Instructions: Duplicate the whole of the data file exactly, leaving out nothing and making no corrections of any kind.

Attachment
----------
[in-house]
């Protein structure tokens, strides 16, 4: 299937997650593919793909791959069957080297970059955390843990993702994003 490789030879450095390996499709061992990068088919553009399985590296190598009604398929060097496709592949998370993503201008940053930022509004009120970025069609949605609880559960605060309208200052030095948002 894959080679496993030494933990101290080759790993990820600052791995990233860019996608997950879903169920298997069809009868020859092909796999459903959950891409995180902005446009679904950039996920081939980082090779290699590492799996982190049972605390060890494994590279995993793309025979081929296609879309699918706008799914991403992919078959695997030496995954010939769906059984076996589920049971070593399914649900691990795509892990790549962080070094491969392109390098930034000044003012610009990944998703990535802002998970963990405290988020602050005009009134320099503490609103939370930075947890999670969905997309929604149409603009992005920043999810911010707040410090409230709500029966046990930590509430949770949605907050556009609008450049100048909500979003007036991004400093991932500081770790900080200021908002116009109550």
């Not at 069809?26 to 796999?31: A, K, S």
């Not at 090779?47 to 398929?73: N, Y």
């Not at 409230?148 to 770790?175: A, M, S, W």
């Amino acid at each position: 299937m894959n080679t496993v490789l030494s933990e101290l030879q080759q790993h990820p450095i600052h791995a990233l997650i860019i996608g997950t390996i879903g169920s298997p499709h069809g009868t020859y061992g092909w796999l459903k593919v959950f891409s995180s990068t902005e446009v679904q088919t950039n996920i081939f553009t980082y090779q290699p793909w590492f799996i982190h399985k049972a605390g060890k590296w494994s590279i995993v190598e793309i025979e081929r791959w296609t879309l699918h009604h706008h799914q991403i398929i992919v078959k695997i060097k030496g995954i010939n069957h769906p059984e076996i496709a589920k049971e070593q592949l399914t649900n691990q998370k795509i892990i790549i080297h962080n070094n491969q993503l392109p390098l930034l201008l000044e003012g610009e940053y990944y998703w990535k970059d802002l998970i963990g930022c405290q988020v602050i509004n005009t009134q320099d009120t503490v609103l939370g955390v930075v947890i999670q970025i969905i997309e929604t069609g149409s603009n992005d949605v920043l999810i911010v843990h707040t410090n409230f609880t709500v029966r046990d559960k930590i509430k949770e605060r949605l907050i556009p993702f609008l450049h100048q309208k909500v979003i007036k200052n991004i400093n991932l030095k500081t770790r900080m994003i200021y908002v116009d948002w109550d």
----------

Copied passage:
[in-house]
């Protein structure tokens, strides 16, 4: 299937997650593919793909791959069957080297970059955390843990993702994003 490789030879450095390996499709061992990068088919553009399985590296190598009604398929060097496709592949998370993503201008940053930022509004009120970025069609949605609880559960605060309208200052030095948002 894959080679496993030494933990101290080759790993990820600052791995990233860019996608997950879903169920298997069809009868020859092909796999459903959950891409995180902005446009679904950039996920081939980082090779290699590492799996982190049972605390060890494994590279995993793309025979081929296609879309699918706008799914991403992919078959695997030496995954010939769906059984076996589920049971070593399914649900691990795509892990790549962080070094491969392109390098930034000044003012610009990944998703990535802002998970963990405290988020602050005009009134320099503490609103939370930075947890999670969905997309929604149409603009992005920043999810911010707040410090409230709500029966046990930590509430949770949605907050556009609008450049100048909500979003007036991004400093991932500081770790900080200021908002116009109550």
């Not at 069809?26 to 796999?31: A, K, S």
């Not at 090779?47 to 398929?73: N, Y």
């Not at 409230?148 to 770790?175: A, M, S, W």
């Amino acid at each position: 299937m894959n080679t496993v490789l030494s933990e101290l030879q080759q790993h990820p450095i600052h791995a990233l997650i860019i996608g997950t390996i879903g169920s298997p499709h069809g009868t020859y061992g092909w796999l459903k593919v959950f891409s995180s990068t902005e446009v679904q088919t950039n996920i081939f553009t980082y090779q290699p793909w590492f799996i982190h399985k049972a605390g060890k590296w494994s590279i995993v190598e793309i025979e081929r791959w296609t879309l699918h009604h706008h799914q991403i398929i992919v078959k695997i060097k030496g995954i010939n069957h769906p059984e076996i496709a589920k049971e070593q592949l399914t649900n691990q998370k795509i892990i790549i080297h962080n070094n491969q993503l392109p390098l930034l201008l000044e003012g610009e940053y990944y998703w990535k970059d802002l998970i963990g930022c405290q988020v602050i509004n005009t009134q320099d009120t503490v609103l939370g955390v930075v947890i999670q970025i969905i997309e929604t069609g149409s603009n992005d949605v920043l999810i911010v843990h707040t410090n409230f609880t709500v029966r046990d559960k930590i509430k949770e605060r949605l907050i556009p993702f609008l450049h100048q309208k909500v979003i007036k200052n991004i400093n991932l030095k500081t770790r900080m994003i200021y908002v116009d948002w109550d």